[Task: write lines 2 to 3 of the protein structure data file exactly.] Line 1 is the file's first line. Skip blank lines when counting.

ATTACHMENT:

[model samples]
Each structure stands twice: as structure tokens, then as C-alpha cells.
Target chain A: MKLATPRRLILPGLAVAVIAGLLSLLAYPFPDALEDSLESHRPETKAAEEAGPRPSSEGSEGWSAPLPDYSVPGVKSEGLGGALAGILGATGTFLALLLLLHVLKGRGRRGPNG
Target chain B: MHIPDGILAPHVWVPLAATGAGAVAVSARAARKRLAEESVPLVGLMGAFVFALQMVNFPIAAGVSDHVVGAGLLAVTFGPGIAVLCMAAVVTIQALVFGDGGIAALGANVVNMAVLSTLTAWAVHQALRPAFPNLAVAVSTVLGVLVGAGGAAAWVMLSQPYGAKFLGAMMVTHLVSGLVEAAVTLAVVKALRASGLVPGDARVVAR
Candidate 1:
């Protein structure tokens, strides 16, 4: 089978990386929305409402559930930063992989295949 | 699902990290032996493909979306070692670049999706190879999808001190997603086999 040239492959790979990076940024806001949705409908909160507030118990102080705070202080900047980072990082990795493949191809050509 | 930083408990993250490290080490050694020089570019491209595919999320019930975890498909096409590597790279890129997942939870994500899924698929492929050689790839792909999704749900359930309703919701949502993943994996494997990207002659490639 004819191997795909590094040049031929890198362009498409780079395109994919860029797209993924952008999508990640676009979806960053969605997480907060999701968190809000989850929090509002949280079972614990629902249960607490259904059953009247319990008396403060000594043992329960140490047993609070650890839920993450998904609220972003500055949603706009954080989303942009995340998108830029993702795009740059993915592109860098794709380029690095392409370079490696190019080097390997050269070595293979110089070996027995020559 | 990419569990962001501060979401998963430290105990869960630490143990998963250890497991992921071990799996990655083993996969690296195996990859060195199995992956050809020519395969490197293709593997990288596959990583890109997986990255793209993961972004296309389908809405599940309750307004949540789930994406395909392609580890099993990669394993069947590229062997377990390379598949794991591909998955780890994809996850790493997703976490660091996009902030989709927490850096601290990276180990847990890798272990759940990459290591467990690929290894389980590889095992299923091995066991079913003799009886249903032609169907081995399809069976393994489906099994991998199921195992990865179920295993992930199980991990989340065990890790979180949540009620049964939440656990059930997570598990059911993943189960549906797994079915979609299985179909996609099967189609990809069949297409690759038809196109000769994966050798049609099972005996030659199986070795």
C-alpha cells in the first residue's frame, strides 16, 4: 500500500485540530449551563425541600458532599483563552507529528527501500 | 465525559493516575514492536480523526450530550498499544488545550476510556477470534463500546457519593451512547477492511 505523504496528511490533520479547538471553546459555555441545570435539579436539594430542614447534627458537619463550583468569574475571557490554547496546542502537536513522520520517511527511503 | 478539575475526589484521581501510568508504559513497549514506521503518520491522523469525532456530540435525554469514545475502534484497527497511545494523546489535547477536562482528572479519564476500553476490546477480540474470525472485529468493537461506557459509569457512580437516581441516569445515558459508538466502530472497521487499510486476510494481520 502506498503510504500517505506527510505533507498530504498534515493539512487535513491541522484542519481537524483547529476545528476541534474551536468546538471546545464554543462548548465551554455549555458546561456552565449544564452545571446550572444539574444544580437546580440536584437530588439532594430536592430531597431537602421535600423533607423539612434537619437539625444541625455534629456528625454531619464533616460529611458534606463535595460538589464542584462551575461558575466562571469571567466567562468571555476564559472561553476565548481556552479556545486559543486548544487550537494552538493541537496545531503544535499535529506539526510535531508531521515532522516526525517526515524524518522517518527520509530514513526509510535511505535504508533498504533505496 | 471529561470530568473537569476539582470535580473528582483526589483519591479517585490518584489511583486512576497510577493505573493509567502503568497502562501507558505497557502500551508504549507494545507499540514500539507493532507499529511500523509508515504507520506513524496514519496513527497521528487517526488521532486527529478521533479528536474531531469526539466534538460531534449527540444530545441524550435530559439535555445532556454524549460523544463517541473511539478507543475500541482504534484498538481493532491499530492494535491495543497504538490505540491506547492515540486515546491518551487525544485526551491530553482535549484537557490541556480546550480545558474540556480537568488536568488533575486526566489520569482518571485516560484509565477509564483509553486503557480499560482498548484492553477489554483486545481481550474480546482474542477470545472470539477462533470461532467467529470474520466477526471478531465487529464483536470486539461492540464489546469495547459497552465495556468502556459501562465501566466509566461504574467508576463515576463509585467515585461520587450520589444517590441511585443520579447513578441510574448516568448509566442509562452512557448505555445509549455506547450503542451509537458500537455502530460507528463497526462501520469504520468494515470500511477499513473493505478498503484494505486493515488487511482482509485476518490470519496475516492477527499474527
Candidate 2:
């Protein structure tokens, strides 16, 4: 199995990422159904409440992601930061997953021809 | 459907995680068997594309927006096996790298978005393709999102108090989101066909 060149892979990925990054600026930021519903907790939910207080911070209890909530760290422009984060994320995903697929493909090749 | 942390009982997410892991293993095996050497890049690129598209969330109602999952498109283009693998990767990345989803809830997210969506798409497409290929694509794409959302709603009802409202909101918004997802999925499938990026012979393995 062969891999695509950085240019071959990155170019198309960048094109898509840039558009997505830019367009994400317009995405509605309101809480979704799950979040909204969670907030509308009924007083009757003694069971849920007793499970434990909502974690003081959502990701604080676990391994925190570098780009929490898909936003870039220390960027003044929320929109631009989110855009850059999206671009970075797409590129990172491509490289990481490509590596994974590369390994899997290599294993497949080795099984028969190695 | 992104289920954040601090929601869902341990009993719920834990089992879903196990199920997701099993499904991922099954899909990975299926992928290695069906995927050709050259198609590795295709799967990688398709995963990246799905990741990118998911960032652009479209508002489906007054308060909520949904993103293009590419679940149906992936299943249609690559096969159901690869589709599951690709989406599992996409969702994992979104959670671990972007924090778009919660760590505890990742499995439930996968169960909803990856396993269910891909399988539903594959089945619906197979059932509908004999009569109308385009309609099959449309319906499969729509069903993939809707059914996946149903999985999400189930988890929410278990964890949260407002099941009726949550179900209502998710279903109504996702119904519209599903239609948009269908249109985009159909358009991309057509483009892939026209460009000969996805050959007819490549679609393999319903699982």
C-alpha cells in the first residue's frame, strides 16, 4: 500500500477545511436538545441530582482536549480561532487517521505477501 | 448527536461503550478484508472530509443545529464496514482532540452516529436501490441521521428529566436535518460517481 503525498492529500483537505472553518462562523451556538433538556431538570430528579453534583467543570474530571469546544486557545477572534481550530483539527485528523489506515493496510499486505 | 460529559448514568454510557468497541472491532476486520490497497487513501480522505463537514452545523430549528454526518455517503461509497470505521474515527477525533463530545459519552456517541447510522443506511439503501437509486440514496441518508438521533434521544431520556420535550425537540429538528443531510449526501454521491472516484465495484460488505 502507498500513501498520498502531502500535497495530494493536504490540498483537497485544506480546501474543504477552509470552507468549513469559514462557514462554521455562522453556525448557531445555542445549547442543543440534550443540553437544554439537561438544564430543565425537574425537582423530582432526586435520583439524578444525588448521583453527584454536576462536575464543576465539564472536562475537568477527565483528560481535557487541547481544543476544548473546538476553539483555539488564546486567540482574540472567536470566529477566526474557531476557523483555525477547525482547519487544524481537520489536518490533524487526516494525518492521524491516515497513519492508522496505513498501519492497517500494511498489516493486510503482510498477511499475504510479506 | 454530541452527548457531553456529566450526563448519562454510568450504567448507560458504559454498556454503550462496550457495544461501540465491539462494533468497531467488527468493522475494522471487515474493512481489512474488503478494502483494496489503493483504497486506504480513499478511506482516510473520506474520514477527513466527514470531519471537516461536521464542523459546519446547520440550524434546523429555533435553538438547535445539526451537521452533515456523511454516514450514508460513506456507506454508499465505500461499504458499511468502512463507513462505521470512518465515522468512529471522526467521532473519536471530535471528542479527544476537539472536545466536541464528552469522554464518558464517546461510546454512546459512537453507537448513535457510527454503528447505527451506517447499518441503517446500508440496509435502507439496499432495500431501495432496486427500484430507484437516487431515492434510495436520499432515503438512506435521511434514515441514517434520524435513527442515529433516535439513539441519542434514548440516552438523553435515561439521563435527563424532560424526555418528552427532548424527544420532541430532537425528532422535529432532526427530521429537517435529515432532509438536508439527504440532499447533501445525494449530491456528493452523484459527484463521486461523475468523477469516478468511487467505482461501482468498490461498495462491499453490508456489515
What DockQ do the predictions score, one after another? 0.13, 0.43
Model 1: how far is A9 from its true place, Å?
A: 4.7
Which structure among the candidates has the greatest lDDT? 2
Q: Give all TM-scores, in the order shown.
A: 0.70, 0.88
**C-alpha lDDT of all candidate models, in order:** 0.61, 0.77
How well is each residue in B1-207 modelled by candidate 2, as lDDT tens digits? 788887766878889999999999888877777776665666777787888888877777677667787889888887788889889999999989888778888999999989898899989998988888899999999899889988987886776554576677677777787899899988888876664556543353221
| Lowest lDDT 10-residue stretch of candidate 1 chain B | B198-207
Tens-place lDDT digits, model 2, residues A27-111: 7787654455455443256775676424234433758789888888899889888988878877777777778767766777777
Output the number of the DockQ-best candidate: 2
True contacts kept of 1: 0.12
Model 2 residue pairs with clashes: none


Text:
Each structure stands twice: as structure tokens, then as C-alpha cells.
Target chain A: MKLATPRRLILPGLAVAVIAGLLSLLAYPFPDALEDSLESHRPETKAAEEAGPRPSSEGSEGWSAPLPDYSVPGVKSEGLGGALAGILGATGTFLALLLLLHVLKGRGRRGPNG